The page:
The Indian economy is outperforming expectations. Having reeled under the devastating effects of two separate Covid-19 waves which hit the country, not many were very hopeful of a rapid bounce back by the economy. Yet, pragmatic and consecutive steps taken by the Modi government since 2014 have turned the Indian economy extremely resilient, which is why the path to recovery has become much easier. Such is the mood regarding the Indian economy, that senior executives who occupied important positions at well-known multinational companies are turning themselves to Indian companies because the environment and growth opportunities offered by desi companies are much more motivating than MNCs.
Indian Executives Ditching MNCs for Desi Companies
According to the Economic Times, an exodus of top talent from multinational corporations to domestic companies are witnessing dozens of high calibre CEOs and CXOs, making the move since 2020. There are many reasons why such executives are moving to Indian companies, the most promising of which include extensive capital expenditure plans, rise in private equity and merger and acquisition (M&A) deals, a booming stock market, newness of many of the expansion projects, and increased decision-making power.
Indian firms have seen the addition of big names to their ranks, and these are all people who left their jobs at major MNCs. For example, Sudhir Sitapati, who was earlier with Hindustan Unilever has joined Godrej Consumer Products Ltd as managing director and CEO. Narendra Agarwal jumped from Unilver and Capgemini to become the global CIO of Dabur. Shali Raghavan shifted from L’Oréal and HUL to become the global chief marketing officer of Nykaa. There are many more executives who have dumped multinational companies to work for well-established Indian firms.
Why are Indian Executives Leaving MNCs?
At Indian companies, these senior executives, who left their lucrative jobs at MNCs are being made a part of the decision-making process. Indian companies also seem to be providing much better growth opportunities for such executives. With MNCs, India-based executives do not become a part of the decision-making process, as that is something that happens at the company’s headquarters which is not in India. However, in desi firms, these executives become a part of the top echelons which runs the company.
Furthermore, Indian companies are expanding around the world. So, they are MNCs in their own right, and soon enough, will be competing with the biggest of brands around the world. At such a time, Indian executives want to be a part of their country’s companies. They seek to contribute to India’s business growth around the world.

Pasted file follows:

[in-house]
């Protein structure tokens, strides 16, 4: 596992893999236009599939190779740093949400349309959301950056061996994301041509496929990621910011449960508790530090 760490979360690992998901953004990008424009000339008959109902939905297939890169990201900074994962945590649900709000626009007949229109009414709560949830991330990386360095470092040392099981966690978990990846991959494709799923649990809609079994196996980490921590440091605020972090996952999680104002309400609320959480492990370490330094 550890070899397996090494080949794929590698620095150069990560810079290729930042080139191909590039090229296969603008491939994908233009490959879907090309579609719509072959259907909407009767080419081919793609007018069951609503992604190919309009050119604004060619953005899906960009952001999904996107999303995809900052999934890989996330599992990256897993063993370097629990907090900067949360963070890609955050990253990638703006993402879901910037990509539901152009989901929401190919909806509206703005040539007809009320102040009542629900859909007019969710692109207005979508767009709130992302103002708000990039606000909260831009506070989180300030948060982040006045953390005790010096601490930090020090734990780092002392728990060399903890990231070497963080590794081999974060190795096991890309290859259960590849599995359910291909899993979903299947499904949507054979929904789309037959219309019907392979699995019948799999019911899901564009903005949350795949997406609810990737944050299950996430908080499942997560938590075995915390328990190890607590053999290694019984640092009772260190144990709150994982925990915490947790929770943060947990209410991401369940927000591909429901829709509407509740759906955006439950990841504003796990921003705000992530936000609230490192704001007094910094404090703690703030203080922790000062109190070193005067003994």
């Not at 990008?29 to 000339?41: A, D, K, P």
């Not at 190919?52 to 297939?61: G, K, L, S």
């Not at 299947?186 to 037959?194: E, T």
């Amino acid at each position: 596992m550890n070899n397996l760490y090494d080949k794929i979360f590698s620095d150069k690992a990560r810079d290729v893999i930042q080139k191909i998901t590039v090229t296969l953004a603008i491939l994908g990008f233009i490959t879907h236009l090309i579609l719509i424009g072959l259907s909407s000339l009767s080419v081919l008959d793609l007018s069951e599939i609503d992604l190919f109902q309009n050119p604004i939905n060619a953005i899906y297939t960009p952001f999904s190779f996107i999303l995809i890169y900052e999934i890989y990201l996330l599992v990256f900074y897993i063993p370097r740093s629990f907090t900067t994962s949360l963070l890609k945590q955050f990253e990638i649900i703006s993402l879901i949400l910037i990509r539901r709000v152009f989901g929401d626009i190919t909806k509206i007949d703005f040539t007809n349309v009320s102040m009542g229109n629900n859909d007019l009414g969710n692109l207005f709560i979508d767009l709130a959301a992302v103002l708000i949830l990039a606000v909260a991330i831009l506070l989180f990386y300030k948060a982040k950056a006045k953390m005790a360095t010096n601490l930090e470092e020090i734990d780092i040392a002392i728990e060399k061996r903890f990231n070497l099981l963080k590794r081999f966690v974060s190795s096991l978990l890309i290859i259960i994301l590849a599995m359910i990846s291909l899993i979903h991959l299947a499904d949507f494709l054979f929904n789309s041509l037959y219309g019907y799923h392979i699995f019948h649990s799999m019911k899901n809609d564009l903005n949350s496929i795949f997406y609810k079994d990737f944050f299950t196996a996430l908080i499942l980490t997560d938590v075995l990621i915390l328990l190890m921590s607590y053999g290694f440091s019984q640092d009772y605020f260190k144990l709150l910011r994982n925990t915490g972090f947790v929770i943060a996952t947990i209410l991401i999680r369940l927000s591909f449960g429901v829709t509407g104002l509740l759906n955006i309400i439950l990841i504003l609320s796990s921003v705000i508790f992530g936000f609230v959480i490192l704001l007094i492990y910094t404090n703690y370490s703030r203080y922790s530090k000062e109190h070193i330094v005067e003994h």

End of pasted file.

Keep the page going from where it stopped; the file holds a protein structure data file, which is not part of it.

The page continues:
R Suresh, founder of executive search firm Insist said, “Leading Indian corporations have global expansion plans through M&A (mergers and acquisitions), strategic partnerships and organic growth.”
The Health of the Indian Economy
Despite the UN Conference on Trade and Development report stating that global FDI flows plunged by 35 per cent due to COVID, FDI in India increased by 27 per cent to USD 64 billion in 2020 from USD 51 billion in 2019. Reforms have been at the core of Modi’s government strategy to keep the Indian economy in a healthy state as it claes new heights. Most recently, the Modi government took a big business-friendly decision as it scrapped the retrospective tax regime.
The Indian equity markets have now emerged as the best-performing among global peers on a year-on-year (YoY) and year-to-date (YTD) basis on the back of robust retail and institutional participation and better-earning prospects. The return correlation between India and global equities has declined to 61 per cent from over 80 per cent a few months ago. This means that the Indian markets are increasingly growing independent of their foreign peers. Now, crests or troughs in foreign markets will have a lesser impact on Indian stocks.
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According to a report by the Economic Times, the number of new companies incorporated under the companies’ law rose 26 per cent to over 1.55 lakh in 2020-21 as compared to the previous year. A Rubix Data Sciences report stated that 1,55,377 new companies were registered in India during FY2020-21 compared with 1,22,721 in FY2019-20, recording a 26 per cent increase. It also noted how the momentum in new company registration has continued in FY2021-22 despite the second wave of Covid-19.
India’s gross domestic product (GDP) grew at a record pace of 20.1 per cent in the first quarter of FY22 — the highest-ever GDP growth in a single quarter. Thereafter, the GST collection numbers released on Wednesday for August showed a 30 per cent increase from the same month the previous year and, crossed the $1 trillion mark for the second consecutive month. Business activity in India, meanwhile, is booming.
The Indian economy’s performance in the face of adversity is pushing senior executives from major MNCs to turn their eyes towards Indian companies in a bid that would help them secure their fortunes, while also making them a part of India’s campaign to go global with its businesses.